In the summer we got a call from Eriu, a new Irish company that buys wool directly from farmers and makes various products.
They asked if we had Bluefaced Leicester fleeces for sale – their wool is known to be soft and fine and suitable for making clothing.
We were very pleased to see a great natural product being used as it should be. They recently sent us a hat made from wool from our farm and we look forward to working with them again.
We are currently organizing genotype tags for our new breeding rams and for some other sheep. As we are part of Lambplus through Sheep Ireland, we can order through this platform.
Genotyping can tell us the exact lineage of the sheep and their resistance to scrapie, allowing for more accurate counting.
I recently attended a Sheep Ireland meeting on Lambplus and the new Sheep Improvement Scheme (SIS) which was met with mixed opinions.
Ultimately, however, there is a willingness to improve the genetics. Using numbers from recorded sheep to select a ram is nothing new – many farms in New Zealand and Australia use them to select traits such as milkier ewes or lambs that finish faster.
This technology can help improve the setup of a farming operation.
Genotyping will give farmers a clearer picture of what they are buying since both of the ram’s parents are verified. It will make it easier to identify genetics that perform better on hills or flatlands.
Genotyping will also improve resistance to scrapie across the country.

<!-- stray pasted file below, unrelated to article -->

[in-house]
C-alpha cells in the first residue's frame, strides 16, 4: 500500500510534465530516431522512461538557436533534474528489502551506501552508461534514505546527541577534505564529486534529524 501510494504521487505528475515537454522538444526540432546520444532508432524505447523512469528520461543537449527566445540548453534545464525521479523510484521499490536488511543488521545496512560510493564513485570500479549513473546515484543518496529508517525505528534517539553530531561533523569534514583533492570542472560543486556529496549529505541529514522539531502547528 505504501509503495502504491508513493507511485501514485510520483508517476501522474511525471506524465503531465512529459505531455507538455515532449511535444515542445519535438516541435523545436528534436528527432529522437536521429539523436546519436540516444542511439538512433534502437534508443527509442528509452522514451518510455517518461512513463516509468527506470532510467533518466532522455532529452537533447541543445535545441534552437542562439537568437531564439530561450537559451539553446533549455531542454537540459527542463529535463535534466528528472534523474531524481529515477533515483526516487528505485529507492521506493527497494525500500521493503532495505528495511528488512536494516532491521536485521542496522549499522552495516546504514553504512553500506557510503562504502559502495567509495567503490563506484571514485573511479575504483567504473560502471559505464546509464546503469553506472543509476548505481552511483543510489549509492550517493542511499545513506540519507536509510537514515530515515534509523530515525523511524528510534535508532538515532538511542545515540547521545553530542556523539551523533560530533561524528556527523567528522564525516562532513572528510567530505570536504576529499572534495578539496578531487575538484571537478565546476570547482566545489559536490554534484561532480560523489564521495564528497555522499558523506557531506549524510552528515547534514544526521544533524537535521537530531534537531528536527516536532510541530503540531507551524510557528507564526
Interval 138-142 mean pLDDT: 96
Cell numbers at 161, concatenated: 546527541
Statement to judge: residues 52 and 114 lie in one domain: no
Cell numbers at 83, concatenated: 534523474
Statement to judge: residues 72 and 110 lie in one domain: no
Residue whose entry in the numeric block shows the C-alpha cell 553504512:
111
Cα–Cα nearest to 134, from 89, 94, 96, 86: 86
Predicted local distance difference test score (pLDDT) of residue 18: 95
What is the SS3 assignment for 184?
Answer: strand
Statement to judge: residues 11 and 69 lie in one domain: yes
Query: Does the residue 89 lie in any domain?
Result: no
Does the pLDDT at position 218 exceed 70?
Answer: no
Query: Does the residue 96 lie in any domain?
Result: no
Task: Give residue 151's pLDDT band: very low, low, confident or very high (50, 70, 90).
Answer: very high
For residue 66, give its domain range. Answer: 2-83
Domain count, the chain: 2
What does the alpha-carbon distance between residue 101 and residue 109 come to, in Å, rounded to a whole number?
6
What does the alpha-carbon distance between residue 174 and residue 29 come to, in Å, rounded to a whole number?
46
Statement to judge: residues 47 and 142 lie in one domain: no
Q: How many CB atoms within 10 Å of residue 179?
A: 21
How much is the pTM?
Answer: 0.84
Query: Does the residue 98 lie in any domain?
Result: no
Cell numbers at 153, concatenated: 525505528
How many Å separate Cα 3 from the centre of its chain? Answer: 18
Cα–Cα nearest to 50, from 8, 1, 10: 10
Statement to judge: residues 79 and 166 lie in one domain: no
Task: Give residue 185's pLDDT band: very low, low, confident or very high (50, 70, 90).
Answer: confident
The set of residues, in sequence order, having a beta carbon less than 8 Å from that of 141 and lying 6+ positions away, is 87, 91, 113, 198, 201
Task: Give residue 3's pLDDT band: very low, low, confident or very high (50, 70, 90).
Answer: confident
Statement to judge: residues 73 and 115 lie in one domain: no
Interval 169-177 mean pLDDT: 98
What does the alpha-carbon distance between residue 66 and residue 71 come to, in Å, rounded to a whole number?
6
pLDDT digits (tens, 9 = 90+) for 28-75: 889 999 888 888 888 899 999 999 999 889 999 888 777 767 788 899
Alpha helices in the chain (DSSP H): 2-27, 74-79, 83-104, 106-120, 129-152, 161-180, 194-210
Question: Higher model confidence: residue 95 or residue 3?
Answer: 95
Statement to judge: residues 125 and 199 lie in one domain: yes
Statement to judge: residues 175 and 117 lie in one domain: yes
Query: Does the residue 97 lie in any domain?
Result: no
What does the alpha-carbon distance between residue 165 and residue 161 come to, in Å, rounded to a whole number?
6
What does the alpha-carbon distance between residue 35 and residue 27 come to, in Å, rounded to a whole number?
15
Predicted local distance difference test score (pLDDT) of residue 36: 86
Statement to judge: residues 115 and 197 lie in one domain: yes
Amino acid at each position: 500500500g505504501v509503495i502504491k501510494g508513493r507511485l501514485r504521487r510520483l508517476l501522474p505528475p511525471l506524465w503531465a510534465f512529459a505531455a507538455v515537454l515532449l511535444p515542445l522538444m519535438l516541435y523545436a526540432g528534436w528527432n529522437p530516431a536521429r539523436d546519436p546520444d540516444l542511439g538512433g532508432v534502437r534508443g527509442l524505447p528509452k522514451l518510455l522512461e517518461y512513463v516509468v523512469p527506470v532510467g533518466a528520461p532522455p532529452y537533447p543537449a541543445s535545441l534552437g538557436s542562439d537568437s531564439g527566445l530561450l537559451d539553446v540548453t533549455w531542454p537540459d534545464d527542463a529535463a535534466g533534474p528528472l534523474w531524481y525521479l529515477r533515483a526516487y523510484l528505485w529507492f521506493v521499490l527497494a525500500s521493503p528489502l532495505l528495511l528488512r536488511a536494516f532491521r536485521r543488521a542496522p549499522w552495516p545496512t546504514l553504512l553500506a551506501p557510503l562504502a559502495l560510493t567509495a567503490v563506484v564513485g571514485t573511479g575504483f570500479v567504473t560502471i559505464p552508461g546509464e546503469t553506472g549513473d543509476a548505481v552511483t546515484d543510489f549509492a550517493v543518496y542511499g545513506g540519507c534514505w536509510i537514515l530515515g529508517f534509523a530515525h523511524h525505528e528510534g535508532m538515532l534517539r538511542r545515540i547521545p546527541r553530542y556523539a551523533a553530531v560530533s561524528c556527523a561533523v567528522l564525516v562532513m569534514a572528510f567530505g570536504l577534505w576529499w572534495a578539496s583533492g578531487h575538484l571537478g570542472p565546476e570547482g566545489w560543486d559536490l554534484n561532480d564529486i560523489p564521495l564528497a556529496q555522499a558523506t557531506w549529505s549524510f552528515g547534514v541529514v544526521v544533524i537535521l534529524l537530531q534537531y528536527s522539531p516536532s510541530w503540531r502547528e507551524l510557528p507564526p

With feed costs at an all-time high, there is no room for passengers in the yard. We have culled any ewes that might cause problems next spring or that would need extra feeding over the winter.
We will re-evaluate after scanning. The majority of dry ewes are sold, although some Hogget ewes may be given a second chance. All repeat offenders from last year will be sold.
Scanning the ewes and separating them into singles, twins, triplets and perhaps by wheel color allows for more accurate feeding prior to lambing. This lowers costs and improves performance by giving ewes the feed they need for the number of lambs they are carrying.
There is little point in scanning ewes unless the information is used to do so.
After Christmas we collect the ewes for sorting and scanning in part of the farm. Any batch requiring a random dose will be treated accordingly.
Lots of hands make easy work, and if we have a little help around over the holidays, we can get some jobs done like this.
On Wednesday 28th December we will also spend a day at the Carrick Christmas Belles sale of lamb sheep and dry hoggets
Tom Staunton farms in Tourmakeady, Co. Mayo
https://www.independent.ie/business/farming/sheep/advice/tom-staunton-genotyping-is-a-useful-tool-that-we-should-make-the-most-of-42231406.html Tom Staunton: Genotyping is a useful tool that we should make the most of